Today we offer pictures of ourselves to the worship of ‘likes’, a virtual thumbs up on social networks. What do they reflect if not our inner emptiness? We deceive with filters and software, but it only reflects our laborious obsession with appearance, responding to our lack of self-esteem through external, social validation. In some ways, we conform to stereotypes that can only satisfy ourselves in the short term, just a few hours on Snapchat and a few days at most on Facebook.

This general submission to stereotypes and the fundamental question of self-esteem of course follows a particular declension in the Caribbean. The injunction is global including through the imagery of the tourism industry.  However, we cannot ignore the impact of colonial and slavery trauma in our part of the world. We have been the field of the creation of racist stereotypes: classifications according to the proportion of “black blood”, scientific justifications of races and their hierarchization. In photography, J. T Zealy’s daguerrotypes for Louis Agassiz (1850) aimed to prove the inferiority of blacks. The models posed in the studio, shirtless against a black background, staring at the lens, everything is very clear, as an object of scientific study should be and the humanity of the models is (at least) questioned in a kind of pornographic matrix. The recent book Sex, Race and Colonies shows well the strong link between colonial domination, racism and pornography — pornography that until today has ignored shallow depths of field.

Taking into account these parameters I have attempted to reach some complexity as a response to the stereotypes.

Complexity is not fragmentation or juxtaposition. The Caribbean in many ways is a fragmented space, politically, economically and socially. It has been so since its “invention” by Europeans who have divided the islands and territories, established separations and hierarchies within the indigenous populations and imported others. In many ways there is also a cultural and linguistic fragmentation, of identity in particular, because population flows in the Caribbean are intense and incessant. Saint Martin, where I live and work is a caricature. More than 60 nationalities are present with strong wealth inequalities. In addition, the destruction and psychological consequences of Hurricane Irma in 2017 may have accentuated the sense of fragmentation.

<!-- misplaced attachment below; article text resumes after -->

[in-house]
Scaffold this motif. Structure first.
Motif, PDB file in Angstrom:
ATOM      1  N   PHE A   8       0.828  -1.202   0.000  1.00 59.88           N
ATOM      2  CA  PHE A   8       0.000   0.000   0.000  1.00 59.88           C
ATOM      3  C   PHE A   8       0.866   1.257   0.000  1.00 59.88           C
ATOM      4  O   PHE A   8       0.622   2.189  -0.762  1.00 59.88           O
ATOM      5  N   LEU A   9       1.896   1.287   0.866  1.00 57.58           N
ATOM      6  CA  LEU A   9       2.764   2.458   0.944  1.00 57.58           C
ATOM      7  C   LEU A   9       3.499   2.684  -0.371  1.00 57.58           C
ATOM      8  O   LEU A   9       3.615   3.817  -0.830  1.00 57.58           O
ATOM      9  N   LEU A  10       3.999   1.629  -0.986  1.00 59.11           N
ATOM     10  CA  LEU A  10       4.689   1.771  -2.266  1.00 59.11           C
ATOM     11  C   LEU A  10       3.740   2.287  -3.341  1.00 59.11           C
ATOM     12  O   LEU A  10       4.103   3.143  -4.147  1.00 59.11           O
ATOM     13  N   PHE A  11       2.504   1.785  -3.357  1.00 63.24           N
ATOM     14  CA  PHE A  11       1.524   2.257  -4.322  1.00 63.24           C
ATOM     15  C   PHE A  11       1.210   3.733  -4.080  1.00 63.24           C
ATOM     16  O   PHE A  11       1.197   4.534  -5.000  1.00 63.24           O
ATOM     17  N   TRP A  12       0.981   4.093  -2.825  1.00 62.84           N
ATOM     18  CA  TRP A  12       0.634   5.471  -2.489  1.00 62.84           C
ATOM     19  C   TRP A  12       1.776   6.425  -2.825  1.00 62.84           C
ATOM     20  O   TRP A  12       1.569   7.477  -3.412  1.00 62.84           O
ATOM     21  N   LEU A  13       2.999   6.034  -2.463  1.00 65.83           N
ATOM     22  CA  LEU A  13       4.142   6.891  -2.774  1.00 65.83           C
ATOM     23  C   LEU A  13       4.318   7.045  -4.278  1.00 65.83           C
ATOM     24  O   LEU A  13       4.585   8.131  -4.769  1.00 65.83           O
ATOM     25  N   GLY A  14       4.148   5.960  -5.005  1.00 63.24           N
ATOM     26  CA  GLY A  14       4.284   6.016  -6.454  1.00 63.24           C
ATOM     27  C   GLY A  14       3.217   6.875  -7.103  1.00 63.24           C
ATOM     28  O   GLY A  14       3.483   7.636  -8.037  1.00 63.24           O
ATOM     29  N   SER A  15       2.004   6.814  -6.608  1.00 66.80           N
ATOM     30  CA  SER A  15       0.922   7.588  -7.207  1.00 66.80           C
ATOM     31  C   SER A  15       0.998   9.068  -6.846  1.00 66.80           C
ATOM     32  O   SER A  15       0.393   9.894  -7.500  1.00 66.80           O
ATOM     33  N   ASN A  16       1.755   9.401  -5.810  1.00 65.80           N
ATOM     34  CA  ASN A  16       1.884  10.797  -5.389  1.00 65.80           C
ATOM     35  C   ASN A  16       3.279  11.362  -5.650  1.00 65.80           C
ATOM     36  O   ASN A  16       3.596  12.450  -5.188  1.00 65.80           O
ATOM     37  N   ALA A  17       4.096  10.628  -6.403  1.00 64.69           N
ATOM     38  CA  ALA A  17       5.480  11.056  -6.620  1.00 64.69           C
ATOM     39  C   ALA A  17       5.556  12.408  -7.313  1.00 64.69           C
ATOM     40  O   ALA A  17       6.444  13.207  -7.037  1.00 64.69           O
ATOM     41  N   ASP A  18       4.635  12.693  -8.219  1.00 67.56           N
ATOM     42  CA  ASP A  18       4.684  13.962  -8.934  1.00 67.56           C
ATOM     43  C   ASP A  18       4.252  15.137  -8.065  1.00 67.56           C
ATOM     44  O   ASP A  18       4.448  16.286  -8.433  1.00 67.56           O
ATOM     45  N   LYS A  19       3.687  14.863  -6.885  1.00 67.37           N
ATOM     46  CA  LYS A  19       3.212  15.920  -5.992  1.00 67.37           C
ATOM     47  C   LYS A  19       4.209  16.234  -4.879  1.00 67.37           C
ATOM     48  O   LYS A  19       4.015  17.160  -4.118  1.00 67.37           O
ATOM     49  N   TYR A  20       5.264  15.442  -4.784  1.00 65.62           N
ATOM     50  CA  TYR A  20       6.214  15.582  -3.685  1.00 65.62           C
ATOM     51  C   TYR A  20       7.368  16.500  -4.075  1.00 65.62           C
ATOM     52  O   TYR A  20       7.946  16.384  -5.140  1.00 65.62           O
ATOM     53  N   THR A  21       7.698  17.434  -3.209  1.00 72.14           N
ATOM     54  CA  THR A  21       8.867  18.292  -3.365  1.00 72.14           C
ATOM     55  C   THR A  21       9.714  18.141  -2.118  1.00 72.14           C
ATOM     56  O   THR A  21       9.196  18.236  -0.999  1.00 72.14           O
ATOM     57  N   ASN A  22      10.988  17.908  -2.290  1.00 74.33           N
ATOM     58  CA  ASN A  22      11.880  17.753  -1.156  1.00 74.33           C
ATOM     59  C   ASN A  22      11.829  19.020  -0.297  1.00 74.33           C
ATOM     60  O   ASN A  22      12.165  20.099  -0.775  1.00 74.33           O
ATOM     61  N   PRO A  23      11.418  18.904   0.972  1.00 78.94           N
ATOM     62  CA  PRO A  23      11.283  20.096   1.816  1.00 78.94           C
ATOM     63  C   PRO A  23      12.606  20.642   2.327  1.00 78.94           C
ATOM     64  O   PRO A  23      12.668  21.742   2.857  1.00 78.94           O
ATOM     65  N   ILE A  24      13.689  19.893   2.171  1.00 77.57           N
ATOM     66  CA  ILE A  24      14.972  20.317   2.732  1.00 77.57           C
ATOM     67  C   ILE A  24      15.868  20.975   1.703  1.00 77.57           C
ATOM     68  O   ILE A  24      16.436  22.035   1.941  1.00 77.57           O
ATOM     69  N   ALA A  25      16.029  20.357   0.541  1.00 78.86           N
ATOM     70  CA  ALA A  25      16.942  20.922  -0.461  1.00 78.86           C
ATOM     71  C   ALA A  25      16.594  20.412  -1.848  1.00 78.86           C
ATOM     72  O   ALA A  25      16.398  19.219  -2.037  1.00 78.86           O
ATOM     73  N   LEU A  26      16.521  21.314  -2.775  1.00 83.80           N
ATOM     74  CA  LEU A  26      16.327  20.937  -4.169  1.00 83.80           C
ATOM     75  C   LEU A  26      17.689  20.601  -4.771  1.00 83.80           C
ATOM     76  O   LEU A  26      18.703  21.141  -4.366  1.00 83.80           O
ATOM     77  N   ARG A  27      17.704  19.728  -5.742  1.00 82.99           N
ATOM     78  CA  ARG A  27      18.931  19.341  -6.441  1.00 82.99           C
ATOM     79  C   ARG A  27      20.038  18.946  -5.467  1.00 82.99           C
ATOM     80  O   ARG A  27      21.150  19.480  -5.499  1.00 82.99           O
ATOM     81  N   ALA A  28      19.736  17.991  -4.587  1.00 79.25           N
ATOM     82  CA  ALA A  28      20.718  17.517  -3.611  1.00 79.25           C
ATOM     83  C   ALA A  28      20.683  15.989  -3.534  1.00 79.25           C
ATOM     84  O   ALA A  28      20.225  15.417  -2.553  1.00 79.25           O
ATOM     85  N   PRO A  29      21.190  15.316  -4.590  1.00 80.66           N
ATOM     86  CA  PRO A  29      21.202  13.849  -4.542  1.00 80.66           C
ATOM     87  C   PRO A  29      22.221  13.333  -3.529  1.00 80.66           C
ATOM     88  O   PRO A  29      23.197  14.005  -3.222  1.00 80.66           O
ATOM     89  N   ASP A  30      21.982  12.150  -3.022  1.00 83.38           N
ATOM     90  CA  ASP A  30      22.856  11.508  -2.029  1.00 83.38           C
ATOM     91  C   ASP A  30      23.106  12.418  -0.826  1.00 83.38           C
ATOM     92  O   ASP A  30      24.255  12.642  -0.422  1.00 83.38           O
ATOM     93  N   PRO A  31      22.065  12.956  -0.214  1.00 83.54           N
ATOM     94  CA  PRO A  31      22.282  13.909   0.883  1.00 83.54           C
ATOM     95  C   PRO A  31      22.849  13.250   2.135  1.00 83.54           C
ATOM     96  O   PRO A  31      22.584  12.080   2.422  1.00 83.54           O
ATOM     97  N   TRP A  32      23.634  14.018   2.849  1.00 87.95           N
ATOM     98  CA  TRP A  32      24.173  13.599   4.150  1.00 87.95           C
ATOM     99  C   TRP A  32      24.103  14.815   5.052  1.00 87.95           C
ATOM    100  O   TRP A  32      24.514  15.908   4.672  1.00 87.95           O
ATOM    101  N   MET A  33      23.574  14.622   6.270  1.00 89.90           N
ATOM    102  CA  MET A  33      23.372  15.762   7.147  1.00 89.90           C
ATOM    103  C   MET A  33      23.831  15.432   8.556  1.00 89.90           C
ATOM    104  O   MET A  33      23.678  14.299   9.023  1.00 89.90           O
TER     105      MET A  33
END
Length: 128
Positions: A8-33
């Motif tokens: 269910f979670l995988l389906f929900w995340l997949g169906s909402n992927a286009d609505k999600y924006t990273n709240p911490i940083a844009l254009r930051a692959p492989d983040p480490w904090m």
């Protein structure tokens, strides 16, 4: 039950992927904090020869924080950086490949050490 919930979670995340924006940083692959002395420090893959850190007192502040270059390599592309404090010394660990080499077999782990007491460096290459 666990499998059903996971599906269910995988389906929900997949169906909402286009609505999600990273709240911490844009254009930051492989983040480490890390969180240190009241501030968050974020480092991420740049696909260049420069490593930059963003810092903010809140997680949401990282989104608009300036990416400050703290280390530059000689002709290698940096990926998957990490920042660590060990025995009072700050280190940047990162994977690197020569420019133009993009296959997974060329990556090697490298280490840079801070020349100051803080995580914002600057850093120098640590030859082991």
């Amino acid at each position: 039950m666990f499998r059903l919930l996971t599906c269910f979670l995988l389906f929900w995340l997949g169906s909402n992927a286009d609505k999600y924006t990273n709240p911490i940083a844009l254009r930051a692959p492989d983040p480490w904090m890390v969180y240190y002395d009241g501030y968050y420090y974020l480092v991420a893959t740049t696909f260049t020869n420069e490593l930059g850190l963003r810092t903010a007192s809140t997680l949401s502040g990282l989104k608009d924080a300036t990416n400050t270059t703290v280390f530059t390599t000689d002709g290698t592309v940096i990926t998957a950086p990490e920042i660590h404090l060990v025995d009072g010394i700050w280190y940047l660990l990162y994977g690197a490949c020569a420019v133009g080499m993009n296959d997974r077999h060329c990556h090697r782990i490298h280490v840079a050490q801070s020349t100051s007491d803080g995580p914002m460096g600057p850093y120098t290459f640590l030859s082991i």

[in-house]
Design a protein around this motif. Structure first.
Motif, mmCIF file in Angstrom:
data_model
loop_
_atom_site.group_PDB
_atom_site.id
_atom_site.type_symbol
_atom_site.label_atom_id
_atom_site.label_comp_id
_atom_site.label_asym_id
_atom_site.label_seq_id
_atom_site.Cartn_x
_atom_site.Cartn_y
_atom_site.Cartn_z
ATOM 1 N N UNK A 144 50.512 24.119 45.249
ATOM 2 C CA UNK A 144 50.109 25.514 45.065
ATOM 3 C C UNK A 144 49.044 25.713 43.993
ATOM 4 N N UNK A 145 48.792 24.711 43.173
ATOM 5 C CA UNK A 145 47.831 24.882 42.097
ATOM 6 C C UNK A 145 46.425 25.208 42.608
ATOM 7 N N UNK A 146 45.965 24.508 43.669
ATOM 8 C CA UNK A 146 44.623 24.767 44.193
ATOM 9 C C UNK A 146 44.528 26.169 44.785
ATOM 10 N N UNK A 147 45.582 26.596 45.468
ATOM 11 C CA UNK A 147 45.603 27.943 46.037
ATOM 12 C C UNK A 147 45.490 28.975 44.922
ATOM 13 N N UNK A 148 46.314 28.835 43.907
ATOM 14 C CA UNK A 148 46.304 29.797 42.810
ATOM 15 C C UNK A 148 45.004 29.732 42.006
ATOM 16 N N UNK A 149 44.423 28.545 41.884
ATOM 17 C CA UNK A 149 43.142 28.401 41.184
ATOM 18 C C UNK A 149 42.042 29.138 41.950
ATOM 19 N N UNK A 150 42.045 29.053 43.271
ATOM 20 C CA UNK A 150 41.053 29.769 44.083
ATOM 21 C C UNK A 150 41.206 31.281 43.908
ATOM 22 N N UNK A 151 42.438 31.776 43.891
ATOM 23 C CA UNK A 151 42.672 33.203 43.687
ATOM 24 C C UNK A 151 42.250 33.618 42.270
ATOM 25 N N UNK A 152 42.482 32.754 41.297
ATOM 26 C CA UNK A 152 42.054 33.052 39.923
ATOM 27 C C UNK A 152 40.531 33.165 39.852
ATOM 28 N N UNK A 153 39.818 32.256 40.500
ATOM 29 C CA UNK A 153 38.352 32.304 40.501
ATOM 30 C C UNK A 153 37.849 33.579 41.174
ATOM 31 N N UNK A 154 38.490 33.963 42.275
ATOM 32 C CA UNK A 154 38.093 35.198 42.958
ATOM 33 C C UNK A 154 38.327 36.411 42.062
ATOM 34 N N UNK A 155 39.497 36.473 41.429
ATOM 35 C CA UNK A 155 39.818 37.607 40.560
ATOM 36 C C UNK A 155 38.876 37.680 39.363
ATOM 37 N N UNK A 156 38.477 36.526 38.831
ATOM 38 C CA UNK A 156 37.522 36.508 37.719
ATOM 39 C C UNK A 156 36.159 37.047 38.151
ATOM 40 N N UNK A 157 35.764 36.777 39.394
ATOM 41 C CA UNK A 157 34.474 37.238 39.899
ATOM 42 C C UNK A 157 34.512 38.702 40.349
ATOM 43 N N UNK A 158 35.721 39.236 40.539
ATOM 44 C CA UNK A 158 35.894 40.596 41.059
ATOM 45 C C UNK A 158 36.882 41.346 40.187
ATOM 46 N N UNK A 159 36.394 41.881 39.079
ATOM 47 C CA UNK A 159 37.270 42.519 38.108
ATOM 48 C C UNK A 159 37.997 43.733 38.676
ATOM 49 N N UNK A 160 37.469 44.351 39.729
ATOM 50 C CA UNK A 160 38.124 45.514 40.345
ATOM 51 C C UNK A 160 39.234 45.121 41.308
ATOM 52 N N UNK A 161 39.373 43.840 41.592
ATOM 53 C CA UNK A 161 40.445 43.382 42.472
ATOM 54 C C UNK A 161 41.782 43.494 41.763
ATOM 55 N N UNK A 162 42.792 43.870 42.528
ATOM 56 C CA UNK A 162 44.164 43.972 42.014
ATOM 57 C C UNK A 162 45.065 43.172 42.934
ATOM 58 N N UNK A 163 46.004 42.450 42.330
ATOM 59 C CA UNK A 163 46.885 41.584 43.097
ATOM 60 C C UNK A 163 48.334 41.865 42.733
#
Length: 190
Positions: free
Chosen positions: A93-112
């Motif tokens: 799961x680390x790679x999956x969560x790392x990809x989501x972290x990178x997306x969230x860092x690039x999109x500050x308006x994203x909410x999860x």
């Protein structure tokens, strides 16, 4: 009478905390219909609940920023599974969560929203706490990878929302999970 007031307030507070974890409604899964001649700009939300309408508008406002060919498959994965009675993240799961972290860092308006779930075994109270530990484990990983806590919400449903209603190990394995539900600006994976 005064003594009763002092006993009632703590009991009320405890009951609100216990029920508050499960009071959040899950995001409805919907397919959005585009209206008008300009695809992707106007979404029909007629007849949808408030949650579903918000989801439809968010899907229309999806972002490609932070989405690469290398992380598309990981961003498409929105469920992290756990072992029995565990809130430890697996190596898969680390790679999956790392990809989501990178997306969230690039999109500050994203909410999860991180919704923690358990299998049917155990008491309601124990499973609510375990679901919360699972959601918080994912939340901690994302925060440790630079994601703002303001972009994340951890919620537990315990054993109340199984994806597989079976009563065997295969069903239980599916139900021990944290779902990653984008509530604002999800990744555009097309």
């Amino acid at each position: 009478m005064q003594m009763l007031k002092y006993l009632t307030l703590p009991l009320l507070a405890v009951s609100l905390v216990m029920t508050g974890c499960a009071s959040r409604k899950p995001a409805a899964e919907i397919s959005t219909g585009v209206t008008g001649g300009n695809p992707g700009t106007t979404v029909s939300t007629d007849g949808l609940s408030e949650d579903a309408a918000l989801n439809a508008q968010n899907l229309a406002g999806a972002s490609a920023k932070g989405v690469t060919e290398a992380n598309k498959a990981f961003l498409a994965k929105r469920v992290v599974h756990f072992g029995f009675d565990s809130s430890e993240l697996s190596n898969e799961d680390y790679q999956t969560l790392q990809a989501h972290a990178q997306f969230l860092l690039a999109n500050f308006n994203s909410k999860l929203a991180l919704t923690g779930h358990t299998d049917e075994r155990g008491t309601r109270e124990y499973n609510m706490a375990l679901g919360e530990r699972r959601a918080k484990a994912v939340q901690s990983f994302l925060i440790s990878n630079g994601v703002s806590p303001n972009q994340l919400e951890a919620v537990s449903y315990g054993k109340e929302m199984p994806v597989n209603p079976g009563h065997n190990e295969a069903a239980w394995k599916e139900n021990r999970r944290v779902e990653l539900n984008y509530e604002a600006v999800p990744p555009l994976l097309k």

Of course, globalisation is at work too. Therefore, we can see ourselves as fragmented beings.

It is also now proven that trauma can be transmitted from generation to generation through epigenetics. In my view, Caribbean photography and visual arts account for this fragmentation and the importance of historic legacies. I think of the special part played by collage or photo montage (Holly Bynoe of St Vincent, Terry Boddie of Nevis, Ebony G Patterson of Jamaica or Florence Poirier N’kpa of Saint Martin).

My subjective response to this fragmentation and juxtaposition is to complexify the images by aiming for a kind of unity. Complexity for me is the combination or rearrangement into a single artistic object of the elements, legacies, and influences of all the flows that cross the Caribbean. In my work, the diffusions, diffractions and irregularities obtained by the plexiglass screen and the spread water, create a kind of material that unifies the plastic space of the photograph. The differences in focus and the different densities of multiple exposures add to this effect as well as the play of colours, hues, white balance. All this aims to signal a distancing from the visible reality. I would then speak of representing a personal reality as the interaction between the body (mine, the model’s), the spirit (mine, the model’s) and the « activity of the universe ». It is a simultaneous experiment, an intermittent flow of sensations, of perceptions, of thoughts, of experiences. It is impermanent and elusive unless you take a picture. And yet we only catch a moment.